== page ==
Hooray for the old-fashioned way of watching TV…

I THINK I’d like to talk television today. The news is too depressing and bizarre sometimes, even for a mainline headline addict.

We have hit peak TV lately. Everything will soon roll into early summer decline, but what goodies have been and still are on offer.

It’s not much of a start to say, ‘stop reading now’: but if you haven’t watched the last episode of Broadchurch, here is your spoiler alert. Find something else to do or skip the next few paragraphs.

This third and final series of Broadchurch has been almost note-perfect and removes unhappy memories of the disappointing second series. Not that the memories here are exactly happy: the last helping of Chris Chibnall’s Dorset-based crime trilogy has been drenched in misogyny and misery from the off, and the presiding image has been of DS Ellie Miller’s facial expressions: for an actor who started out in comedy, Olivia Colman has taken to disgust, anger and misery like a duck to an empty swimming pool. Her face really has said it all at times.

There was, it turned out, not one rapist but two. After eight weeks of tripping over red herrings, the culprit was almost certainly the taxi-driving creep; but this was a bit of misdirection, as he was in fact covering for his teenage stepson, who had been groomed as an accomplice by ‘twine boy’ Leo Humphries – the one of whom Miller snapped in episode one: “I am never in the mood for swaggery young shits.”

Whodunit? Ah, the swaggery young shit, sort of. And he had raped the other women.

I do have a question about the grooming: would a nervous young lad been pressured by a supposed mate really manage to rape a woman? It’s just a thought, but everything else made sense – apart from the defenestrated newspaper old editor saying that she was going to start a vlog on YouTube, which sounded tin-ear trendy.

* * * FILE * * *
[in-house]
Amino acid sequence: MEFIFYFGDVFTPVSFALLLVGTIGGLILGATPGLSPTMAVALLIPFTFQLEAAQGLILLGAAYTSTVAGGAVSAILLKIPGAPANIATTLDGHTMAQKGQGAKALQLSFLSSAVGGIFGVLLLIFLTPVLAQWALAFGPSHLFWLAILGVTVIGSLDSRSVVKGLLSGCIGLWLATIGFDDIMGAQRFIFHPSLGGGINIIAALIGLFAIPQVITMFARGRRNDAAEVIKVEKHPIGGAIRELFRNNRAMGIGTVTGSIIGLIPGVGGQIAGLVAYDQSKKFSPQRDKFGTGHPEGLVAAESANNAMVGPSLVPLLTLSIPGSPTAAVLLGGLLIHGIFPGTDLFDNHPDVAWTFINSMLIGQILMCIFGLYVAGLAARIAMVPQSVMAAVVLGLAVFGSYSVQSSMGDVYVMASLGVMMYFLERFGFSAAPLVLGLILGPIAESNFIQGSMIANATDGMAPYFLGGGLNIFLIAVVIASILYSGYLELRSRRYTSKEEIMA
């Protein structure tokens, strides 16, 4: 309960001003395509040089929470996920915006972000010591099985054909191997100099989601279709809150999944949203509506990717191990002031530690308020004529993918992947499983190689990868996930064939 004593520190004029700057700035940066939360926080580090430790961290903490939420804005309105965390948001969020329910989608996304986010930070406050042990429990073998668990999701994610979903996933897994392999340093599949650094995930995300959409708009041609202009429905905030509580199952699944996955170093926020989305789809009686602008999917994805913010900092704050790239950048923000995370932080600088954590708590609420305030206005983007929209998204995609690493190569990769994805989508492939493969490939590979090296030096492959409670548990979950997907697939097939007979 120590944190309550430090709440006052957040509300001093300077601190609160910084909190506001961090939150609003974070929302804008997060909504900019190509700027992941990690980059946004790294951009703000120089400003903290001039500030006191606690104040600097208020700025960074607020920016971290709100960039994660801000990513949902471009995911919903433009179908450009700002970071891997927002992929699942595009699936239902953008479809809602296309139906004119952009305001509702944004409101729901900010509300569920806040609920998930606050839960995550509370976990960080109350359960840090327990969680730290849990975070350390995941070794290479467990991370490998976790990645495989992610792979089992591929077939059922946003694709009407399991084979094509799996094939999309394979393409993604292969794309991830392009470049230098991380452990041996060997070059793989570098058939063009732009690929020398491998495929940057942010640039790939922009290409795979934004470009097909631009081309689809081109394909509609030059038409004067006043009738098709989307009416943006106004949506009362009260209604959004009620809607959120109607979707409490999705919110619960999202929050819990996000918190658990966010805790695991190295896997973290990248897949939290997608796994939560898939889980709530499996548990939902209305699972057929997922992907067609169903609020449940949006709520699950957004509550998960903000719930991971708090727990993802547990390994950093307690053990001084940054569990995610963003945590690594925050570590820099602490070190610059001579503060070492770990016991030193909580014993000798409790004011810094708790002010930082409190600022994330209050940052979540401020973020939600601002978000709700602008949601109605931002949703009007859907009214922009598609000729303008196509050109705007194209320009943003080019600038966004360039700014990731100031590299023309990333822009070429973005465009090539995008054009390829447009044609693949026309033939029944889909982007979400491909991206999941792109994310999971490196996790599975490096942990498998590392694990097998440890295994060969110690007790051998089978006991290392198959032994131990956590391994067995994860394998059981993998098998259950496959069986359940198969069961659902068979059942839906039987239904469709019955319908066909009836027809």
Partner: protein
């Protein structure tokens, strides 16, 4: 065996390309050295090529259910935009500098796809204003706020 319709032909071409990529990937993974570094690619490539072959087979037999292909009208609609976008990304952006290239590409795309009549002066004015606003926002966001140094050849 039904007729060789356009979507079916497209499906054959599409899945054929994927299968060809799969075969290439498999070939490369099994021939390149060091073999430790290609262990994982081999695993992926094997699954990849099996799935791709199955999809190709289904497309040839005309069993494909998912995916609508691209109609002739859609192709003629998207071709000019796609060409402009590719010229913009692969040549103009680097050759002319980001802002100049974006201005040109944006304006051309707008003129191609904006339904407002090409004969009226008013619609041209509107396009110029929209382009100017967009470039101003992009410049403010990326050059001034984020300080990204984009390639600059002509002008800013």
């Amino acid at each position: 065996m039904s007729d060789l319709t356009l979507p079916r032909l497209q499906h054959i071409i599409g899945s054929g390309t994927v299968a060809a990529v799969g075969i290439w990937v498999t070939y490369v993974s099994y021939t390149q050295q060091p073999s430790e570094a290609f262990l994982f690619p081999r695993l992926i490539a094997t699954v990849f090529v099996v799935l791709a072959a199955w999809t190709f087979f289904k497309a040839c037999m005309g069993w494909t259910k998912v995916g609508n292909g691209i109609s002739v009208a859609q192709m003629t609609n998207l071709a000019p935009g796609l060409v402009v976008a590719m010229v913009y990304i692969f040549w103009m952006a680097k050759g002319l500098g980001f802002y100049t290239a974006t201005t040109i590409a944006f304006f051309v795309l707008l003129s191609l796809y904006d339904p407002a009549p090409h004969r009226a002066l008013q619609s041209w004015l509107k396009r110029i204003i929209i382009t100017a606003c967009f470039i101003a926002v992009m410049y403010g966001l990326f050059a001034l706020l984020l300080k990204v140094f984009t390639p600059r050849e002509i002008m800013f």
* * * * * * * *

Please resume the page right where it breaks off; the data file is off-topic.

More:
A seam of bruised humanity has run throughout this drama, which started in the first series with the murder of Danny Latimer, and as his sundered parents, Jodie Whittaker and Andrew Buchan were stunning throughout, with Buchan being almost too pained to watch in this last series. They had a resolution of sorts, but no happy ending.

Talking of endings, the last scene worked perfectly: Hardy and Miller sitting on a bench while being upstaged by those cliffs, and Miller suggesting a drink down the pub – “We’ve never done,” she says brightly. Hardy (that frown on legs in the shape of David Tennant) was having none of it, ending with one of his elongated: “Naaahs”.

Chris Chibnall is off to mastermind Doctor Who, so the long-running saga should be in safe hands. A new series began on Saturday, the last to feature Peter Capaldi as the Doctor, and the first to introduce his new companion, Bill Potts. Pearl Mackie was instantly intriguing and lovable in the role, being fantastic to watch and smart, too.

Like Broadchurch, Doctor Who is on once a week – the old, traditional pre-Netflix way of watching TV. An estimated 12 million viewers sat down to a hardly cheery Easter Monday treat last night with the last Broadchurch. I still like that way of watching TV – having to wait a whole week to catch the next panicky swerve in Line Of Duty on BBC1, which is as brilliantly compelling as ever this time round.

The episode before last ended with a jaw-dropping moment in which one of the main characters appeared to have died (he hadn’t, but he wasn’t in a good way). The mood changed this week for a tense and brilliant bit of cat-and-mouse writing in which the never less than cocky Ted Hastings called Roz Huntley back in for questioning, certain that he had his bent cop nailed.

Instead, she turned the tables on him after wheedling some help from the horrid ACC Hilton – who thought his reward lay in a tumble between rented silk sheets, but Huntley was too smart to fall for that. Is she smart enough to really be the evil eye at the heart of everything; and who is the man in the balaclava?

You must wait to find out, and waiting is good, rather than bingeing or – as one of my students told me last term – “marathoning”, an expression new to me.

I do binge sometimes, but Netflix cuts out on our rubbish BT TV box, so House of Cards has been left unwatched for weeks now. I don’t really mind as the old way is better.

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